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The success of Microsoft and Turn 10’s Forza Motorsport franchise for the past few years definitely changed the landscape of simulation racers, which was once dominated by Sony and Polyphony Digital’s Gran Turismo series. The Forza games were like a breathe of fresh air compared to Gran Turismo doing many things in the genre first before the GT games had to implement them to catch up. From the racing line for beginner level players to follow, assists to make car handling more simple, a deep and popular car customization scheme, and many more, Forza did what the sim racer genre needed back then, which was more accessibility. Microsoft had include one of their bigger franchises for the Xbox One launch and they picked Forza for it’s fifth iteration. While the driving feels fine, Forza Motorsport 5 unfortunately suffers from launch game syndrome in terms of limited content, long load times, and lingering flaws I personally have with the genre.
Forza 5 had the modes you expect from the series and genre from the long career mode, the time-attack based rivals mode, an arcade-like free play mode, and online multiplayer with many lobbies depending on types of cars. Forza Vista also returns as you look into a car’s exterior and interior. Turn 10 to no surprise nailed the details of all the cars on both aspects even though there are less of them in this sequel than past games, but the cars you expect to see in a sim racer are there. Car customization is also back and pretty much the same as it has been for a while minus the auction house from earlier games. All of the racing modes do have one unified experience and credits system, so Turn 10 luckily did not split the single player and online currencies.
The career mode is also hampered by the lack of tracks in the game. Previous games had more and sure there are various versions of the tracks, but the amount in Forza 5 pales in comparison to Gran Turismo 6’s amount. Seriously, how does this game not have the infamous Nurburgring course. This is the first sim racer I played in a long time that does not have it. The lack of courses also factor into how grindy and repetitive the races get even if you’re racing them with different cars. In addition, winning races don’t give much credits to spend on as they should, but luckily that will be fixed in a title update later this month. I personally reached a stopping point in the career mode where I don’t have enough money to buy the expensive car I want for a later series of races, but Turn 10 will be making cars cheaper in that same patch coming soon. There is lots of replay value to no surprise in Forza 5, but don’t expect to be enjoying it the whole time.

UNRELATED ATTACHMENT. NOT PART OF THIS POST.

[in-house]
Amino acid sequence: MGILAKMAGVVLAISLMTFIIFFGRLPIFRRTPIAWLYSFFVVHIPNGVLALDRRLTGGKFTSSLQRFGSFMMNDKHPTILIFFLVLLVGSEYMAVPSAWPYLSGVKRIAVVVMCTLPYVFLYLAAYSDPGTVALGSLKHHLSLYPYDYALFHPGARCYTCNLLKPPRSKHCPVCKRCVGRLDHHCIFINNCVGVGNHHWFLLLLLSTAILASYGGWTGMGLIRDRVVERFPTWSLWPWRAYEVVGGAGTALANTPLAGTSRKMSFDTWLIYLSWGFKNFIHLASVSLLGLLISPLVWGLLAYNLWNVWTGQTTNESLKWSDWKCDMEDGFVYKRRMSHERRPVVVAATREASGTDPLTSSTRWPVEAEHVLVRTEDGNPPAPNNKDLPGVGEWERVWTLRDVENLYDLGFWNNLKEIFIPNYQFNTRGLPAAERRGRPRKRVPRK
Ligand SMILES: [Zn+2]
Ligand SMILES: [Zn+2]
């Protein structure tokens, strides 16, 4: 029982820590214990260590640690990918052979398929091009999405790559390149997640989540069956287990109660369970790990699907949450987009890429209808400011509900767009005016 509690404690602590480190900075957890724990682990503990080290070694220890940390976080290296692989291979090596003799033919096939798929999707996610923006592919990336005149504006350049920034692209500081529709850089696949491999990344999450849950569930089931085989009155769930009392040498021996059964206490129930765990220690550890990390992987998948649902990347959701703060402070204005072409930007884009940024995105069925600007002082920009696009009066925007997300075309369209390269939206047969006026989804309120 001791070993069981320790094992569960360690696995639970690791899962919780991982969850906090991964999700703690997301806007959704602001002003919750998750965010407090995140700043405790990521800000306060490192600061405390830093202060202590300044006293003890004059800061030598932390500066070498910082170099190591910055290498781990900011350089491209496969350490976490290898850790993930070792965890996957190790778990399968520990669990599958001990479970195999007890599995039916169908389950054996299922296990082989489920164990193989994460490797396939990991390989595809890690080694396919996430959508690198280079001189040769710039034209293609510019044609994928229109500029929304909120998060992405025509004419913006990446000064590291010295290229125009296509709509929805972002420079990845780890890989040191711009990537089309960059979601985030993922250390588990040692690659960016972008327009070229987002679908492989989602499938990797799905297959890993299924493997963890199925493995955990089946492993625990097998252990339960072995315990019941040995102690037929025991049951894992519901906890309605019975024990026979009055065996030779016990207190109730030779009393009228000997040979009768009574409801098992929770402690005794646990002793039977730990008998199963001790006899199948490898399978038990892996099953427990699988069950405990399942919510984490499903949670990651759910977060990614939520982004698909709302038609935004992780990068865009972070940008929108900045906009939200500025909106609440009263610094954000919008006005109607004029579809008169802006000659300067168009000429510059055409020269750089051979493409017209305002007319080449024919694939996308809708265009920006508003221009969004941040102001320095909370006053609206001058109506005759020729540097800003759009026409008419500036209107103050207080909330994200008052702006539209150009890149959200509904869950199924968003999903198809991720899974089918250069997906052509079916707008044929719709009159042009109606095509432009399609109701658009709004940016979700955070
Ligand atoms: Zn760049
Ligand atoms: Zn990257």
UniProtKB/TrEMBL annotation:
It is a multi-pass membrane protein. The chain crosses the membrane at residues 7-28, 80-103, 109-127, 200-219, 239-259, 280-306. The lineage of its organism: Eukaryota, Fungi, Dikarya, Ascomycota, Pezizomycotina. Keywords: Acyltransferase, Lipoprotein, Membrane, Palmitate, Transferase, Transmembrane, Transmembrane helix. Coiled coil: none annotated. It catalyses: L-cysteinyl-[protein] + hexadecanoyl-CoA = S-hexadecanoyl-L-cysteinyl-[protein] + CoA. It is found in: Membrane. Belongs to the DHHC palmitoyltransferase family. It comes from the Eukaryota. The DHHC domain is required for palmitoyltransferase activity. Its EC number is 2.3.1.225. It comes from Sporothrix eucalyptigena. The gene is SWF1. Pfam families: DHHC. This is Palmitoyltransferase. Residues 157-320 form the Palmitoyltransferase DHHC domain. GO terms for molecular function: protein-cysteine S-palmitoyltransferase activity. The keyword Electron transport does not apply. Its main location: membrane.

What has been the topic of controversy for weeks now is Forza 5’s handling of microtransactions. The paid options are everywhere in the menus such as spending money or tokens for double XP for a certain amount of time. If you’re a VIP member for this game, you get double XP anyway along with more cars, but that costs $20. Then there’s the other amount of cars you can buy as DLC. They can be bought separately for $3, but the car packs themselves have various prices. If you’re a diehard Forza fan, there’s the $50 dollar car pass, which costs the same as six car packs. Turn 10 went a little crazy with the amount of DLC available and the shady microtransaction options out of the gate, but good thing all of this is optional. If you’re happy with the base game’s content, always vote with the wallet if you’re willing to spend more on all of this.
The online multiplayer in Forza Motorsport 5 is filled with multiple lobbies catering to certain classes of cars. While there are mostly standard races for all car classes, drift events are also there if you’re willing to try something different. Drag racing was recently announced by Turn 10, which will be in the title update later this month. A max of sixteen players just like single player races can be in an online lobby and I haven’t ran into much issues in terms of latency. However, waiting for races can take longer than they should, but for those impatient players that just want to get things started in just seconds, better have a good sense of patience. My only presentational issue with the online play is that after you finish a race while waiting for others, the framerate cuts in half, which is weird and I wonder why Turn 10 kept that through certification.
Graphically, Forza 5 looks great and it is one of the better looking games on both next-gen consoles. Everything besides the crowds look very detailed from the environments, the cars, cockpit views, etc. Car damage is also in full effect in this game as you have the choice for it to affect gameplay or not, but cosmetic damage alone is good for the most part. The framerate during gameplay runs amazingly at 60 frames per second other than online games that I just mentioned. The UI, however, is filled with too many confusing menus evoking a similar style to the Windows 8 and the Xbox One’s home Metro-based UI. Along with unskippable intro cutscenes by the Top Gear UK guys when seen for the first time during career mode and the announcer lady also being unskippable in some of the menus are also nagging flaws with the game’s presentation.